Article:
This reminds me a bit of Parental Timeline Reimprinting: https://thewholenesswork.com/core-transformation/video-9/
Which involves getting into a core state (e.g. Oneness, Love, Inner Peace), then experiencing your entire life up to now through the lens of that core state. When doing coaching oftentimes when someone has a breakthrough /realization/feeling etc I’ll often use the reimprinting process to make sure that they integrate this with all their memories.
I like Ben Kuhn’s solution in this comment: https://www.benkuhn.net/lux/#comment-1595033477
A few 7-way splitters and a whole lot of 100 watt equivalent LEDs.
Except for the long AI winter where most AI research produced very little value. Just because we’ve broken through one constraint and started on another S-curve does not mean we will not hit another constraint.
It seems like there could be a tail risk here of decreasing genetic variation and thereby increasing the impact of something like a pandemic. It also seems like this approach could lead to less diversity in ideas/art/businesses etc because genetic predispositions become a mono-culture.
Do you think either of these things are substantial worries? Am I misunderstanding something about what’s being suggested here?
Trying to follow this. Doesn’t the Y (AI not taking over the world during training) make it less likely that X(AI will take over the world at all)?
Which seems to contradict the argument structure. Perhaps you can give a few more examples to make more clear the structure?
I think there is a community of discord rationalists and tumblr rationalists.
I review Gwern’s post pretty much every time I resume the habit; it doesn’t look like it has been evaluated in connection with physical skills.
It is hard to find, but it’s covered here: https://www.gwern.net/Spaced-repetition#motor-skills
My take is pretty similar to cognitive skills: It works well for simple motor skills but not as well for complex skills.
My initial reaction is that I am almost exactly proposing additional value from using Anki to engage the skill sans context (in addition to whatever actual practice is happening with context).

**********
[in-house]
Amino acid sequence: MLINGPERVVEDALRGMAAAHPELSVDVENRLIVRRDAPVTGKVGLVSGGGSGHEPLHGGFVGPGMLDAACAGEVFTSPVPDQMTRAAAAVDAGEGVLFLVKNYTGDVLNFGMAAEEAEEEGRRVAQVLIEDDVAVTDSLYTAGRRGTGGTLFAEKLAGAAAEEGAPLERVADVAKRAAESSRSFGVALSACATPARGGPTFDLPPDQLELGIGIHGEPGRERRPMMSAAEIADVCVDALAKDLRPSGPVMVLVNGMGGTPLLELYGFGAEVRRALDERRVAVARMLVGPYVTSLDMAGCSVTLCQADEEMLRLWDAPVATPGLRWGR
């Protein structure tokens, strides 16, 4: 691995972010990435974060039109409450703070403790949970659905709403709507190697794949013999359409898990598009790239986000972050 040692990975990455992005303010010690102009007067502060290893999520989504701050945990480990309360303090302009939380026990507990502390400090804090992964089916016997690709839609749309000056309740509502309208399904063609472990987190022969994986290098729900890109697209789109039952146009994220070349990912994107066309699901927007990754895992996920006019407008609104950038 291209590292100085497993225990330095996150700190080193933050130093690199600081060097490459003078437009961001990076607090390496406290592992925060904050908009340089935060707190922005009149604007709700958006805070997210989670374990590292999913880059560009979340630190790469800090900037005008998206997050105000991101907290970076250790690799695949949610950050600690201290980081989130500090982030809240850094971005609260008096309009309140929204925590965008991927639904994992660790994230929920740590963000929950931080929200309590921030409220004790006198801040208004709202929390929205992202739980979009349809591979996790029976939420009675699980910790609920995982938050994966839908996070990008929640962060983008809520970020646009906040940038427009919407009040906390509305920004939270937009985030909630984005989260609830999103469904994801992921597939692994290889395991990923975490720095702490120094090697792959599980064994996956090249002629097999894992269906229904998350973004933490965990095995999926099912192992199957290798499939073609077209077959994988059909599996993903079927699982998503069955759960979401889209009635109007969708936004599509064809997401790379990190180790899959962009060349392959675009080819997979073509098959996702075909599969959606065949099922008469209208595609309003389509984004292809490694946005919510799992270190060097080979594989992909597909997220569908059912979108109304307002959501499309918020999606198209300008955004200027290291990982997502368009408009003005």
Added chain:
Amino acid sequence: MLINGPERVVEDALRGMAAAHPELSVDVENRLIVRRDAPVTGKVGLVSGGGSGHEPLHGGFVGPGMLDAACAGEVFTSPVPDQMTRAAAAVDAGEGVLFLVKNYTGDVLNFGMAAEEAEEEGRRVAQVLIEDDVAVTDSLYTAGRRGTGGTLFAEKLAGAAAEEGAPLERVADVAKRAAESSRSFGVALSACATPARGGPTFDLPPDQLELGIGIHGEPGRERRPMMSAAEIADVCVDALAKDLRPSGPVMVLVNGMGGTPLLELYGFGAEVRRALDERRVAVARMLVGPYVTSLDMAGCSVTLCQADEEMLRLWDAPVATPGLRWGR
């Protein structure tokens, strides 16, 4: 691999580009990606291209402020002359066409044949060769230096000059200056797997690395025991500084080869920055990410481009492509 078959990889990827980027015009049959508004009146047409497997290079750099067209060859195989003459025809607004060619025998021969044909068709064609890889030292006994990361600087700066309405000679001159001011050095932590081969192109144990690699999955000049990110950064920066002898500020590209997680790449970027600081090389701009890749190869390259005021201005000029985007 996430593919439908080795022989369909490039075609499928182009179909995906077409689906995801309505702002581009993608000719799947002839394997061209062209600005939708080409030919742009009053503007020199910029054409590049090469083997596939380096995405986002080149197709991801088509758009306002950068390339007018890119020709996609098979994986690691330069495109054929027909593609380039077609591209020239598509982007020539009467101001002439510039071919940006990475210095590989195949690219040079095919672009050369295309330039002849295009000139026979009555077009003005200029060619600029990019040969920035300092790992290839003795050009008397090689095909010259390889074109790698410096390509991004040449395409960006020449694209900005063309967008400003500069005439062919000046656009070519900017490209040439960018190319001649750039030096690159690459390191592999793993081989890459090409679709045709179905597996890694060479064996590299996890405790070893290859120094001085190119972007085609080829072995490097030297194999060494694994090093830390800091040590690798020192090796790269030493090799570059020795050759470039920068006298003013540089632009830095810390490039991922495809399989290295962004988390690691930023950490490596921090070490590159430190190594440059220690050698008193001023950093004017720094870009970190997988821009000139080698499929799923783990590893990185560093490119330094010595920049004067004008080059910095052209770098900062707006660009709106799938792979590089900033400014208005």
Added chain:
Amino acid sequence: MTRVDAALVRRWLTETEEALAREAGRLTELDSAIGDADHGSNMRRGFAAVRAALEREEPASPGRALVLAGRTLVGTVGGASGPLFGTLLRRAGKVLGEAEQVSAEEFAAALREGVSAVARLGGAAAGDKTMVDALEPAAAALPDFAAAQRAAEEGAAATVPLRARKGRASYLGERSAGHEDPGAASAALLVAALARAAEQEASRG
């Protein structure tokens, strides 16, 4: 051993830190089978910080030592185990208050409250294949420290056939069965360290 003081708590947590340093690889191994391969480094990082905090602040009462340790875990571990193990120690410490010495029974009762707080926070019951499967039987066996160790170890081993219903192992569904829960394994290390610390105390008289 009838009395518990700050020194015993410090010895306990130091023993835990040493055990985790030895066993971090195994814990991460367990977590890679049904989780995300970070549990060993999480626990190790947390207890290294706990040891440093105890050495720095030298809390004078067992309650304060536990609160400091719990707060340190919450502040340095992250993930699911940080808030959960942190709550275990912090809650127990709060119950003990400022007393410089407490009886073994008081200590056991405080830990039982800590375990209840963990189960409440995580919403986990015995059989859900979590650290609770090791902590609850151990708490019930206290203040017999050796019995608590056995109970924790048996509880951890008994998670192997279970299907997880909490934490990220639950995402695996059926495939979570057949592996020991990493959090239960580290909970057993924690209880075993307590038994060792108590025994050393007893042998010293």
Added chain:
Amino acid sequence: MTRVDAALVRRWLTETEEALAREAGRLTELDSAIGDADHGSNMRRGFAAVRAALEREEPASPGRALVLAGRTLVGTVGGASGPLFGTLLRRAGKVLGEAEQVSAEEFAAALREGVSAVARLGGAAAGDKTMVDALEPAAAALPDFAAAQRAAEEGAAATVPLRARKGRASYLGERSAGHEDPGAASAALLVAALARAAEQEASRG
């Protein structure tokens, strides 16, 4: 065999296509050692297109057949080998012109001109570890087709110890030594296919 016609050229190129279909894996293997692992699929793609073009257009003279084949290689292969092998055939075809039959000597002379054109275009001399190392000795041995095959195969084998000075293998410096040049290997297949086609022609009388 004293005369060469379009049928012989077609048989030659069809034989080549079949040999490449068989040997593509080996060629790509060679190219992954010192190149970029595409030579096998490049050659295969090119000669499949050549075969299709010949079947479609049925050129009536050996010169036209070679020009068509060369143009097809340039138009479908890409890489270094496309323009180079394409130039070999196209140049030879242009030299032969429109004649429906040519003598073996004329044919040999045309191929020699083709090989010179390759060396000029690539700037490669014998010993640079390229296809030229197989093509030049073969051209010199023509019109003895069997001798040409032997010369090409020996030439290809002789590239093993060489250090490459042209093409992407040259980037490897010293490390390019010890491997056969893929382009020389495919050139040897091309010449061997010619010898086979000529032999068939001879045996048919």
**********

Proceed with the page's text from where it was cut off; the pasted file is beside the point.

My experience is basically that this doesn’t work. This seems to track with the research on skill transfer (which is almost always non-existent or has such a small effect that it can’t be measured.)
Gwern covers a bit of research here on when spacing does and doesn’t work:
Personally I’ve found the biggest problem with spaced repetition for skills and habits is that it’s contextless.
Adding the context from multiple skills with different contexts makes it take way more time, and not having the context makes it next to useless for learning the skils.
What hypothesis would you be “testing”? What I’m proposing is an idealized version of a sampling procedure that could be used to run tests, namely, sampling mind-like things according to their description complexity.
I mean, I’m saying get minds with many different complexities, figure out a way to communicate with them, and ask them about their experience.
That would help to figure out if complexity is indeed correlated with observer moments.
But how you test this feels different from the question of whether or not it’s true.
Happy to just chat if you’d like. I’ve battled with similar problems of lack of focus, and done a lot of work myself. Happy to listen.
It seems like you can get quite a bit of data with minds that you can interface with? I think it’s true that you can’t sample the space of all possible minds, but testing this hypothesis on just a few seems like high VoI.
Is it an empirical question? It seems more like a philosophical question(what evidence could we see that would change our minds?)
We could talk to different minds and have them describe their experience, and then compare the number of observer moments to their complexity.
Description complexity is the natural generalization of “speed” and “number of observer moments.
Again this seems to be an empirical question that you can’t just assume.
But if you start to deal with harder cases, whether it exists in our universe becomes a trickier question.
To me this is simply empirical. Is the computational theory of consciousness true without reservation? Then if the computation exists in our universe, the consciousness exists. Perhaps it’s only partially true, and more complex computations, or computations that take longer to run, have less of a sense of consciousness, and therefore it exists, but
I think that only makes sense to do if those minds are literally “less conscious” than other minds though. Otherwise why would I care less about them because they’re more complex?
It does make sense to me to talk about “speed” and “number of observer moments” as part of moral weight, but “complexity of definition” to me only makes sense if those minds experience things differently than I do.
But we do have an obligation to be grateful for such gifts, which may have been the point of the post.
Obligation feels like a weird word here.
Alternative hypothesis: His smile lights up even the darkest spoiler tag.
Related claim: the decrease in driving has reduced traffic fatalities, saving many more lives.
Claim: The decrease in driving during the lock down has significantly increased air quality (https://www.weforum.org/agenda/2020/04/coronavirus-covid19-air-pollution-enviroment-nature-lockdown) , saving many lives. Seeing as we’re dealing with a respiratory disease, the increase in air quality has probably saved even more lives than it would otherwise.
’d strongly disagree with this one—force multipliers are neither good nor bad in themselves.
I think this strongly depends on how long a game you’re playing and how long you have.
In this particular case I think you’re correct. If your timelines are very long perhaps it makes sense to set up a culture where symmetric weapons are punished.